When the answer is invariably a Big Fat No, I move my thoughts onto something more positive instead.

misscph1973 Thu 08-Sep-16 10:18:02

For me it was just hearing the right words, and "just let it go" were never the right words! I started receiving a psychologist's newsletter (not in English), and the way she phrased it really did it for me. It was something like "decide what you want to spend your energy on", "don't you think you deserve better than being bitter?" and "decide to give yourself a great day", "don't let things you can't change decide your life" .

So to sum up, you need to find the right words ;)

TheStoic Thu 08-Sep-16 10:24:24

Look into Acceptance and Commitment Therapy, and Stoicism (the philosophy).

Something there may speak to you. :-)

BeMorePanda Thu 08-Sep-16 10:30:06

I visualize stuff in a balloon & actually letting it go and floating off. Some days there are many balloons.

For tougher and more immediate or invasive thoughts I have a mental baseball bat and I give things a huge wack with it and they fly off through the sky into the never never (inspired by the ending of Dr Seuss's "I had trouble getting to Solla Sollew"). As soon as they come back I hit them again - thwack!

FreddyFireflyCanFeckOff Thu 08-Sep-16 10:32:38

Ask youself these questions:

What am I annoyed about?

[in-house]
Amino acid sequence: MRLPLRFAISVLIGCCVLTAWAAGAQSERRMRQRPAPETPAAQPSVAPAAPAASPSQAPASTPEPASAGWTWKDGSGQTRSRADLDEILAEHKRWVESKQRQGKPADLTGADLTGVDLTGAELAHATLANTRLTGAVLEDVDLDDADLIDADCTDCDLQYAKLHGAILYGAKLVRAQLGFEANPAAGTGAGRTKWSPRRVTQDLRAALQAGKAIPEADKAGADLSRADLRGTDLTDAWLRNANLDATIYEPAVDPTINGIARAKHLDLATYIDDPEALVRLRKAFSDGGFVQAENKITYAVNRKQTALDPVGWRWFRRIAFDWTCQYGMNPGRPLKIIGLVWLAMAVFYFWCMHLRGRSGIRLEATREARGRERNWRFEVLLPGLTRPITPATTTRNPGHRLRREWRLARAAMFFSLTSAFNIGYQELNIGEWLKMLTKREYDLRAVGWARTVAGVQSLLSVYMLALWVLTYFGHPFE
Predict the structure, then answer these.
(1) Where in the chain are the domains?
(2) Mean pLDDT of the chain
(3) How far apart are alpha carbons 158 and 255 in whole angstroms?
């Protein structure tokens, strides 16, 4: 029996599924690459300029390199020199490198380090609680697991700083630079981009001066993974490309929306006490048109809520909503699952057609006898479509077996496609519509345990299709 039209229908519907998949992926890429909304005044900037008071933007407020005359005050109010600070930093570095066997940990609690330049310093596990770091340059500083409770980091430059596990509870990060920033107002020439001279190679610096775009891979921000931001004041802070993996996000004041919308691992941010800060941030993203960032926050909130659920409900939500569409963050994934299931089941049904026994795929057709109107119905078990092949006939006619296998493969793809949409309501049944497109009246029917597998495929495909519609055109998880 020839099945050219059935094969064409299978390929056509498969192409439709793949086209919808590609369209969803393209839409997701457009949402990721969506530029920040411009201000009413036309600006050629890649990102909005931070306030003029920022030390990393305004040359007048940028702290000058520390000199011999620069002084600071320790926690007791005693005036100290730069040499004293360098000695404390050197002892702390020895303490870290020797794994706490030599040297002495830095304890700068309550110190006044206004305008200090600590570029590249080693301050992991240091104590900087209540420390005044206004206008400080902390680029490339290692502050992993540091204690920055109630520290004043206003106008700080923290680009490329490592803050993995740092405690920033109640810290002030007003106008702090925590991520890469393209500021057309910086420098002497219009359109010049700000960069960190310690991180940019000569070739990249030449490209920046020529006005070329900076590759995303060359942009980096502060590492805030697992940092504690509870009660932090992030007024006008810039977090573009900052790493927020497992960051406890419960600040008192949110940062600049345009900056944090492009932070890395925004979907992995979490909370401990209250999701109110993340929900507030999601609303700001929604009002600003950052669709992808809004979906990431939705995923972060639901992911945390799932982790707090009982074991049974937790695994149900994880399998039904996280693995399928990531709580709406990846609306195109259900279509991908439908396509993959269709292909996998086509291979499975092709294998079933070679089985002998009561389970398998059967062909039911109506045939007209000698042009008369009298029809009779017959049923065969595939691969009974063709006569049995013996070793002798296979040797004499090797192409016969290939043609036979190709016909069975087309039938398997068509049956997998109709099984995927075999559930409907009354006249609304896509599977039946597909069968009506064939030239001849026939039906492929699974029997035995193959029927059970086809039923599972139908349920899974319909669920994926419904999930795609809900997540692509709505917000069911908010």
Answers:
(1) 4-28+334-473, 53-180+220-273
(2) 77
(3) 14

Is there anything I can do about it? If yes, do it. If no, this is when you "just let it go" and think about what you can do to prevent the situation in the future.

Letting it go may mean having to remind yourself when it comes into your head that there is nothing you can do to change the situation. Distract yourself when you think about it. Think about something else.

In the example you give, I think there is nothing you can do as you made the choice to get rid. Blame won't get you anywhere, it's just making you pissed at your friend. As the saying goes, holding onto anger is like drinking poison and expecting the other person to die.

FreddyFireflyCanFeckOff Thu 08-Sep-16 10:33:33

Bemorepanda - Love it. Going to give this a try.

Mypurplecaravan Thu 08-Sep-16 10:35:42

Why do you regret throwing away the clothes? What do they represent?

Why did you allow your friend to help with decluttering? Did you ask for her help or did she impose?

Why are you angry? It is done. What does the action of being persuaded to throw away something that has little to no intrinsic value mean to you?

I try to regrade things that bug me and look for the positives in my choices. I try to make active choices at all times (I don't always manage it) and recognise where my choices are. Even when I don't really like any of my options there is a best (or least bad) option.

It can be harder to do this retrospectively.

But you have kept a few bits for sentimental reasons

And you have more space now for your child to play in

And you spent time with a good friend laughing over the good times

Lottapianos Thu 08-Sep-16 10:35:51